Peter Drucker’s Recommendations for Summer Reading: Five Management Classics

First Friday Book Synopsis

Bob's blog entries Bloomberg Businessweek Drucker Institute at Claremont Graduate University Elton Mayo Federalist Papers firm and lasting foundations for principles of management Frederick Winslow Taylor Henri Fayol Industrial and General Administration Peter Drucker Peter Drucker’s Recommendations for Summer Reading: Five Management Classics Rick Wartzman The Human Problems of an Industrial Civilization The Principles of Scientific Management

Leading From Within: Shifting Ego, Ceding Control, and Rising Empathy

Great Leadership By Dan

The shift marks a significant move away from Henri Fayol's autocratic “command-and-control” type management theories and methodologies which have been in vogue since the early 1900s. Guest post from Sophie Wade: Leadership is in the midst of a major makeover. The identity of an organization is shifting away from the CEO; elements of control are being willingly transferred to the employee, with empathetic and individualized attention being paid in order to increase engagement.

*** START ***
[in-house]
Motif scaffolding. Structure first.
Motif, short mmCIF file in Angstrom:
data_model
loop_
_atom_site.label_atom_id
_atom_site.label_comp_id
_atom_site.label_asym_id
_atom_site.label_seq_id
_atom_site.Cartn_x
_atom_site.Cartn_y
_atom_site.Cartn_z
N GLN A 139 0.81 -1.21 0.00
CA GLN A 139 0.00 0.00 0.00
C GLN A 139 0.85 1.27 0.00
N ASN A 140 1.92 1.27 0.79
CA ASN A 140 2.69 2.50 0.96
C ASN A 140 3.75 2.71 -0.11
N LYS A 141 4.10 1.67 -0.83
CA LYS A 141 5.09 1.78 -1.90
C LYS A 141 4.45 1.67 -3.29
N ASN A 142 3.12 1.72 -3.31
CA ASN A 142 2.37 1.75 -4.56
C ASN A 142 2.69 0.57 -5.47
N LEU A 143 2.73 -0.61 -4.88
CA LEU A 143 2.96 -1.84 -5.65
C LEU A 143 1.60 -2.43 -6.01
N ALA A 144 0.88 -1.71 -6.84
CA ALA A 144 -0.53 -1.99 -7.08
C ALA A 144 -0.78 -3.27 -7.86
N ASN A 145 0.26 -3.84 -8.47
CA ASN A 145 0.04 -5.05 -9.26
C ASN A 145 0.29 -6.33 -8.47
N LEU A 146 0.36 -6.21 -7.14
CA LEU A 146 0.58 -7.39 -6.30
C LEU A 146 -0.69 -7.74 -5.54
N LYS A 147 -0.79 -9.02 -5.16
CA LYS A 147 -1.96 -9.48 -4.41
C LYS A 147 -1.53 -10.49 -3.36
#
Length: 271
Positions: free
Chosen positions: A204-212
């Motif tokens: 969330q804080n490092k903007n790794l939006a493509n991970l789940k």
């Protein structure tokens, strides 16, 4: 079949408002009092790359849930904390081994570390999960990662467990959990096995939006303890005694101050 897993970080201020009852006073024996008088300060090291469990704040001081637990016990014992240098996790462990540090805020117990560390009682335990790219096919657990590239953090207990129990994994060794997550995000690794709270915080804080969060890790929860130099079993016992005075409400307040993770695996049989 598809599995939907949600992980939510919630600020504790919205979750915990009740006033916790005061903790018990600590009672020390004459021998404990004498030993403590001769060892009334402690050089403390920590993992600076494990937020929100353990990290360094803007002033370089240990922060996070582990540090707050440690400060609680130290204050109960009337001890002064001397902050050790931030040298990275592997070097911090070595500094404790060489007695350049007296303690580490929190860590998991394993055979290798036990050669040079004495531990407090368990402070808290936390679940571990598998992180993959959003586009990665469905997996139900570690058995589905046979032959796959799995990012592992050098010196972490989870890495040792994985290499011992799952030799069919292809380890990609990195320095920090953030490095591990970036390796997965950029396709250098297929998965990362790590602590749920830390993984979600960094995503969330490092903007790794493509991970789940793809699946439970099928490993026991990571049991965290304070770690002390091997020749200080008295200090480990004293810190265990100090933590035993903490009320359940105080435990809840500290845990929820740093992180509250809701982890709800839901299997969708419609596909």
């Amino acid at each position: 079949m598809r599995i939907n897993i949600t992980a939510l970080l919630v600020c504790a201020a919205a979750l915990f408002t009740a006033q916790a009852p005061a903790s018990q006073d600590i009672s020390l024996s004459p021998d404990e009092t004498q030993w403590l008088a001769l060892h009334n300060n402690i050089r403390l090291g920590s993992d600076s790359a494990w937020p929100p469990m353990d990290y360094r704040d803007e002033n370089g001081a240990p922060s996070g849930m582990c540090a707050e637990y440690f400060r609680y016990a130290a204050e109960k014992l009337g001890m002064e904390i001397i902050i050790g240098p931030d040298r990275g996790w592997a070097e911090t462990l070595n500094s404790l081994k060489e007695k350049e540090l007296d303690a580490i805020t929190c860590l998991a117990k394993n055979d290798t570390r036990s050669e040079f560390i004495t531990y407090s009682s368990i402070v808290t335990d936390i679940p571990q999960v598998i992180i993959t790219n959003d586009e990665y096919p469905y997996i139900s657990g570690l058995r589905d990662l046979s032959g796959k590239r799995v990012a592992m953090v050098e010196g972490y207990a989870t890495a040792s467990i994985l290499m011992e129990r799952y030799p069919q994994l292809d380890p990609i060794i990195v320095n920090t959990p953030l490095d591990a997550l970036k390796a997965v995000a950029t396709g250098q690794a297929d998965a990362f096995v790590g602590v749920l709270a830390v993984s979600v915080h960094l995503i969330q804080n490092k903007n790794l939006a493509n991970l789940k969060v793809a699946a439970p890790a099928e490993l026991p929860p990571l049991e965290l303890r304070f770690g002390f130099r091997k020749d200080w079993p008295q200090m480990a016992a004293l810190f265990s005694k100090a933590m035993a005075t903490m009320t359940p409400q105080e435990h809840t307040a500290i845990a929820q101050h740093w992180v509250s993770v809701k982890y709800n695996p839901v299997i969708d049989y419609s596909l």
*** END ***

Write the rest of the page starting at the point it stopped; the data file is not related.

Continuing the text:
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Planning Doesn’t Have to Be the Enemy of Agile

Harvard Business

Early in the twentieth century Henri Fayol identified the job of managers as to plan, organize, command, coordinate, and control. The Fayol legacy lingers. Jon Feingersh/Getty Images. Planning has long been one of the cornerstones of management. The capacity and willingness of managers to plan developed throughout the century. Management by Objectives (MBO) became the height of corporate fashion in the late 1950s. The world appeared predictable. The future could be planned.

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The Role of a Manager Has to Change in 5 Key Ways

Harvard Business

For almost 100 years, management has been associated with the five basic functions outlined by management theorist Henri Fayol: planning, organizing, staffing, directing, and controlling. pchyburrs/Getty Images. “First, let’s fire all the managers” said Gary Hamel almost seven years ago in Harvard Business Review. “Think of the countless hours that team leaders, department heads, and vice presidents devote to supervising the work of others.”

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